The euro tumbled across the board on Monday, but was off the lows of the day, after Greece voted to reject the conditions tied to the troubled country's debt bailout deal. The resignation of Greek Finance Minister Yanis Varoufakis, however, was positive news for Greece, removing a "constant thorn" to any deal with the country's creditors, said Dennis de Jong, managing director at FX.com. Varoufakis' exit partly prompted a comeback in the euro, analysts said. The euro dropped to a one-week low against the dollar below $1.10, and skidded to a six-week trough versus the yen immediately following the "No" outcome. The euro, however, has since stabilized in the London and New York sessions.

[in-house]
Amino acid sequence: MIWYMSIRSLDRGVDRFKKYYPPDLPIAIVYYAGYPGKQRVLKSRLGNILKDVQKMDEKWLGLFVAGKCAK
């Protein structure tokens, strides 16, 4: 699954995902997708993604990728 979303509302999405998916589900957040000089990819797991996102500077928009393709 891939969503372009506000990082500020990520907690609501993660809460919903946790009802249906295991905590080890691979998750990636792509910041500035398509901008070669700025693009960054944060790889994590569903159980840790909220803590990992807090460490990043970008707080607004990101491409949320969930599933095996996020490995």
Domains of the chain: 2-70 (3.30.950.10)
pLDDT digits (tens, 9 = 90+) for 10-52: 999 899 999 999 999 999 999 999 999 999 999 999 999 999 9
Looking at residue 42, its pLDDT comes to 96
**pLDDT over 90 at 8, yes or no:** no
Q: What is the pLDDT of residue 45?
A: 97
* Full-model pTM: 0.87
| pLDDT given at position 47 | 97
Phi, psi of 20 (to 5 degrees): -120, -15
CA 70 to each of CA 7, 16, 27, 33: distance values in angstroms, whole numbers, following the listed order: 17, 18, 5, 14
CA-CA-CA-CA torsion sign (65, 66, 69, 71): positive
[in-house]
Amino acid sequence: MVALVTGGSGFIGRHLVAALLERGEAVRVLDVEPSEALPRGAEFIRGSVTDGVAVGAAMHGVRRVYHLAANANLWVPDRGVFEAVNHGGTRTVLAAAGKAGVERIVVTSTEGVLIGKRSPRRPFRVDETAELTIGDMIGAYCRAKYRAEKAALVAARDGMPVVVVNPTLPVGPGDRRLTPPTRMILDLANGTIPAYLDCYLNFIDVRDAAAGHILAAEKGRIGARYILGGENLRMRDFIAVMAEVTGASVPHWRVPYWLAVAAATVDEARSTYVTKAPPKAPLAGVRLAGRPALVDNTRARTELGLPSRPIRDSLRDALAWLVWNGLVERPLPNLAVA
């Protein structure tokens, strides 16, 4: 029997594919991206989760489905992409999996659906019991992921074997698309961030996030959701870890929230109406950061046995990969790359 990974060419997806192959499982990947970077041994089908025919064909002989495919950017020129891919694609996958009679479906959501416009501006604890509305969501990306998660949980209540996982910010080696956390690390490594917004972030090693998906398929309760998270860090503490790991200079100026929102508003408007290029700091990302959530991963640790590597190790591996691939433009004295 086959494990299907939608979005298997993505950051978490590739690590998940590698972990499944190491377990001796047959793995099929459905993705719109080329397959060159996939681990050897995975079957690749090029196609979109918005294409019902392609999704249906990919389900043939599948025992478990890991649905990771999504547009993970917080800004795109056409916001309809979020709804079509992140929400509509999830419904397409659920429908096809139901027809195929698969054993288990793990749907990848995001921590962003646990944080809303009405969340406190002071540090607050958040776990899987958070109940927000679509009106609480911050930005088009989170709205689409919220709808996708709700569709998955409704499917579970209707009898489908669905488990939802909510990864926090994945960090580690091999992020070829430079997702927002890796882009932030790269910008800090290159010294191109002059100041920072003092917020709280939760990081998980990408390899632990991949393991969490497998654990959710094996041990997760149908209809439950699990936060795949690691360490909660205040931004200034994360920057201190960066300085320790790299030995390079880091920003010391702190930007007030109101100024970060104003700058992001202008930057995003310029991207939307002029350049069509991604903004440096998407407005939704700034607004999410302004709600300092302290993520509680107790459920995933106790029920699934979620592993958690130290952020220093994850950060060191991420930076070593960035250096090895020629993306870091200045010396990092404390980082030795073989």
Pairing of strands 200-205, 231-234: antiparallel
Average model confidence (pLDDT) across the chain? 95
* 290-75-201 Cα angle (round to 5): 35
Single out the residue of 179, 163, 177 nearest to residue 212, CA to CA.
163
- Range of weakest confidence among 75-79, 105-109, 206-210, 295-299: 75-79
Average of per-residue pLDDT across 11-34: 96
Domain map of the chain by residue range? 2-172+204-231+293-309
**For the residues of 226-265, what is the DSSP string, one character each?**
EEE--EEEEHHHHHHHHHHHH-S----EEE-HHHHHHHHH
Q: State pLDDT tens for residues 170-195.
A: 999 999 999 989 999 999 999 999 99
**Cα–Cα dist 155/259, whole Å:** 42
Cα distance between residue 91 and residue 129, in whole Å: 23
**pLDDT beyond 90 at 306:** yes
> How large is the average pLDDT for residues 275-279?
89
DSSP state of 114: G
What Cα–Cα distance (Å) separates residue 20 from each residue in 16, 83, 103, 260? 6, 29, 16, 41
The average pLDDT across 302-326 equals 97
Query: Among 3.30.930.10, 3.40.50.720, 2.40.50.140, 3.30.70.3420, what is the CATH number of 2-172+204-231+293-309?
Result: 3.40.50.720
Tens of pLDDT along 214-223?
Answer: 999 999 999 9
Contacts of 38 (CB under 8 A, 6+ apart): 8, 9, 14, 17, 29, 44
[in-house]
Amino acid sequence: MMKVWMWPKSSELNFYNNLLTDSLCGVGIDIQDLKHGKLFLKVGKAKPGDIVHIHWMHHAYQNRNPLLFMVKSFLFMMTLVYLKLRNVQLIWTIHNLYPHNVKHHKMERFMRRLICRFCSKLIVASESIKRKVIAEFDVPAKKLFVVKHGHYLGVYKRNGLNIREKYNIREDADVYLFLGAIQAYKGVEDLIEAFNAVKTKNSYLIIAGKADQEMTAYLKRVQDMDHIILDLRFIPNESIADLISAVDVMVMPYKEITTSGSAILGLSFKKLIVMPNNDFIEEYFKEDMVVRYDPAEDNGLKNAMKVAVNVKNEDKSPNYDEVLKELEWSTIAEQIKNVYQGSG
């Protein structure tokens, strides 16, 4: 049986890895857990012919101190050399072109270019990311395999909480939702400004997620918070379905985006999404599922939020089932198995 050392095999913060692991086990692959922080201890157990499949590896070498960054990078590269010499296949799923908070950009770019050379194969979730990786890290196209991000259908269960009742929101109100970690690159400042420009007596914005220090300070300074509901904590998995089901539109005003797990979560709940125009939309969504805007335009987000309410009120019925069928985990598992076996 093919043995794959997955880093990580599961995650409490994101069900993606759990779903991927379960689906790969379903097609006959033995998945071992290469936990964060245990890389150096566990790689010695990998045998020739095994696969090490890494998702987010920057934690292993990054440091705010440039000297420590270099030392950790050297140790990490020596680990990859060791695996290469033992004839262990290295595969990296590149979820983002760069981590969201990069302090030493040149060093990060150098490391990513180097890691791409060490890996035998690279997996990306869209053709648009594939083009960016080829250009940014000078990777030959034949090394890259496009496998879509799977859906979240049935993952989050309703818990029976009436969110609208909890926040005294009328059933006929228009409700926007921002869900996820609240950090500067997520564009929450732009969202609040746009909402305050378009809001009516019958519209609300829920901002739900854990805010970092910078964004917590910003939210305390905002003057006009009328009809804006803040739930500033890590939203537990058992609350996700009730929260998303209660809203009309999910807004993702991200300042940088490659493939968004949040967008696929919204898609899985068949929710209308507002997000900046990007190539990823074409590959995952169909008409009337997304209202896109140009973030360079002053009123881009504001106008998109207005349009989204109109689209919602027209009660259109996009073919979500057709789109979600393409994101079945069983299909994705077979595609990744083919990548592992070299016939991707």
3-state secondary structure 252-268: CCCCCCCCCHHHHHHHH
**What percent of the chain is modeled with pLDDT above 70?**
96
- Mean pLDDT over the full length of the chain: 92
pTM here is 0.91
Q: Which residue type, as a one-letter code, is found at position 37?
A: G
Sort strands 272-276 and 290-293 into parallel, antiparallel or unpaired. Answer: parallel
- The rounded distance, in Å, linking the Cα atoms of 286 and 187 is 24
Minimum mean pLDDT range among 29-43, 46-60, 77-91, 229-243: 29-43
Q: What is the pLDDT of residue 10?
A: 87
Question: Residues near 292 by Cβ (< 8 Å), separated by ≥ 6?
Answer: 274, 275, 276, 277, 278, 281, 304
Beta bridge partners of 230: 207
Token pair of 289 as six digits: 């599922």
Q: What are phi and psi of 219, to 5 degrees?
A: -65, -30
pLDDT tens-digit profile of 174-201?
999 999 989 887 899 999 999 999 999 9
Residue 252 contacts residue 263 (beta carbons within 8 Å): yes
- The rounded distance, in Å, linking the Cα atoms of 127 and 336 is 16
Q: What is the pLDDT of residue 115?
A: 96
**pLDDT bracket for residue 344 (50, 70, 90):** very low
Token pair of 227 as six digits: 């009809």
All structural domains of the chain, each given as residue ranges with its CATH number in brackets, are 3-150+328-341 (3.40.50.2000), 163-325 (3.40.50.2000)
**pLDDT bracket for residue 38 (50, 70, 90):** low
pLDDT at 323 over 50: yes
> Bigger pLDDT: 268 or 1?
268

Sterling climbed against the dollar and euro on Monday after Greek voters emphatically rejected terms of a rescue package, boosting safe-haven flows into Britain's currency. The euro showed little sense of panic selling, amid expectations the European Central Bank would take action to stabilize the market if necessary and hold emergency funding to Greek banks at the same level as last week.
Oil prices suffered their biggest selloff in five months on Monday, falling as much as 8 percent as Greece's rejection of debt bailout terms and China's stock market woes set off a deepening spiral of losses. Adding to the pressure on oil, Iran and global powers were trying to meet a July 7 deadline on a nuclear deal, which could bring more supply to the market if sanctions on Tehran are eased. The self-imposed deadline could be extended again, officials at the negotiations said.